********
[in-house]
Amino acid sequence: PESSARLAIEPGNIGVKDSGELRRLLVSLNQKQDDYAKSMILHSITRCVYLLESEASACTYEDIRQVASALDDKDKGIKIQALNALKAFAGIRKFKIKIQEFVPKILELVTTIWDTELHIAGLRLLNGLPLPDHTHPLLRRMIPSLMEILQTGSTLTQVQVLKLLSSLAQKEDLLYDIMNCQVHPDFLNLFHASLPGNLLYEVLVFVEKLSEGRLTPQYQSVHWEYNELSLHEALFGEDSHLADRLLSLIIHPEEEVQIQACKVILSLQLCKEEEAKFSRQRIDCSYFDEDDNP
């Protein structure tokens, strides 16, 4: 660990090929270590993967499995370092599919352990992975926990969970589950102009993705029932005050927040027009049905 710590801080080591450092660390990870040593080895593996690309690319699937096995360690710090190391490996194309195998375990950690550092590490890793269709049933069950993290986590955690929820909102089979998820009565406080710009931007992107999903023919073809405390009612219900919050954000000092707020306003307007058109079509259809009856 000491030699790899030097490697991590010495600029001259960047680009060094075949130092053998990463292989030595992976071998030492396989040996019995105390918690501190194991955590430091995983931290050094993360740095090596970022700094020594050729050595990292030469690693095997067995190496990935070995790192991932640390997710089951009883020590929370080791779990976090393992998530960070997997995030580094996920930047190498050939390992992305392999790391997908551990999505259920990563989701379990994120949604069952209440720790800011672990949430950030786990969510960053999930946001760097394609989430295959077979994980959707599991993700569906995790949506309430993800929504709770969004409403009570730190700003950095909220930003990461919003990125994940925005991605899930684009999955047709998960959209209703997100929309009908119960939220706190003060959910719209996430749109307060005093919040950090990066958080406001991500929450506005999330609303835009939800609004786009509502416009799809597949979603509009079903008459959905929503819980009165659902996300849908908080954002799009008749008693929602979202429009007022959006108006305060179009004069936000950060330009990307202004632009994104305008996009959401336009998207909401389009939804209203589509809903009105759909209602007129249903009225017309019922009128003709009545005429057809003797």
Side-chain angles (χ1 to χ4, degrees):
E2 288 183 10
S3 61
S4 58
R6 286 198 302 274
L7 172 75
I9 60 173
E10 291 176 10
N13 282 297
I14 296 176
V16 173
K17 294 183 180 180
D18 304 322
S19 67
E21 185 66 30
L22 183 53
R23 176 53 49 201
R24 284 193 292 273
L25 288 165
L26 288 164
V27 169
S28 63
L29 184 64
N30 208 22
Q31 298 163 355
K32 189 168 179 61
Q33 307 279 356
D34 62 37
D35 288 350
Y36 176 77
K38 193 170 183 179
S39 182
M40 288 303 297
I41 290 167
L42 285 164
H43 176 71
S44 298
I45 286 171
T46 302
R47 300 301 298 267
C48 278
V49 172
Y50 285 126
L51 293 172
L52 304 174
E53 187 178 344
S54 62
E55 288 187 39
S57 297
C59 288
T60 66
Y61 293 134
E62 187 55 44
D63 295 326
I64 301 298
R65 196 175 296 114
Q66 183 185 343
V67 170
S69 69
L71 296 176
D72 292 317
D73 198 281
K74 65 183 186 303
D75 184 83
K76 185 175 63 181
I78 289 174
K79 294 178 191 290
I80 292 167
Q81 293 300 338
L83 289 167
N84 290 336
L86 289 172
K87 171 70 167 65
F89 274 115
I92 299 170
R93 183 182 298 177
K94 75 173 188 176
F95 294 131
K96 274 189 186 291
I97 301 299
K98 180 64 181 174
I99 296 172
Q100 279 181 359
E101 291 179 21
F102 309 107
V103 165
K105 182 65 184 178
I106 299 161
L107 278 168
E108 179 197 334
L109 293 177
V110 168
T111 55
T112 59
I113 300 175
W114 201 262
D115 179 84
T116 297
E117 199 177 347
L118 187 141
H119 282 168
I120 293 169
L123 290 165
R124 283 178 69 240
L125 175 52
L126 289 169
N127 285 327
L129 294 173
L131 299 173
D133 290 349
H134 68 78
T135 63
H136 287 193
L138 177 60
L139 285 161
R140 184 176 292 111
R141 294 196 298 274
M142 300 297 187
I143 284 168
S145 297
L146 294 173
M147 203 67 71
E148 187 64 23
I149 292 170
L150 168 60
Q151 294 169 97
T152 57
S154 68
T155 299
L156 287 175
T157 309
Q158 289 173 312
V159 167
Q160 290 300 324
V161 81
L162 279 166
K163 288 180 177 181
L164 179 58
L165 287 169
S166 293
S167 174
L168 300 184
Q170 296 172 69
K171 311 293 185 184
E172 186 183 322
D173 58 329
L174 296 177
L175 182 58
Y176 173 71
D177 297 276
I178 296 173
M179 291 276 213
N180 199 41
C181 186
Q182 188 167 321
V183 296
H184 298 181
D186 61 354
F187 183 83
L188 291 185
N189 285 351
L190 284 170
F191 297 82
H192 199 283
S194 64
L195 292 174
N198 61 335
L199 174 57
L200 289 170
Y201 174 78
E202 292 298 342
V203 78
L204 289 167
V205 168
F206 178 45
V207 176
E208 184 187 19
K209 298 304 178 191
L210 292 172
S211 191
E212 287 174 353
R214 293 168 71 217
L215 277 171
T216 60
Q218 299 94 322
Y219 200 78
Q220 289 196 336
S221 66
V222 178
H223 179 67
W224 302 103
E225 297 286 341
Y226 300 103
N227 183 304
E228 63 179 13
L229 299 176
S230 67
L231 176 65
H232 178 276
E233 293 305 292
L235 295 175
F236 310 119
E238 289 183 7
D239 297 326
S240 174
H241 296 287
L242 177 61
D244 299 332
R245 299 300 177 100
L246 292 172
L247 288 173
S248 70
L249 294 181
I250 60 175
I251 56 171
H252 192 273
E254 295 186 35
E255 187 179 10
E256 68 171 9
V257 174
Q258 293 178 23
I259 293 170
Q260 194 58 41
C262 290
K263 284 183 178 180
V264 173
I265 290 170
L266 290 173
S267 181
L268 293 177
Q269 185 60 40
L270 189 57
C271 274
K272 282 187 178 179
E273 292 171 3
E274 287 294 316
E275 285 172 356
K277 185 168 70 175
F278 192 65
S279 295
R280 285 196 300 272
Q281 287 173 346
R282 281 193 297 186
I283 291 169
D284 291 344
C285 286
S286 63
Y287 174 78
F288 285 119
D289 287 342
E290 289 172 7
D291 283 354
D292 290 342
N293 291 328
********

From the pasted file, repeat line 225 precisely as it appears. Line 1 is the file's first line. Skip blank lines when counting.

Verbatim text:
I259 293 170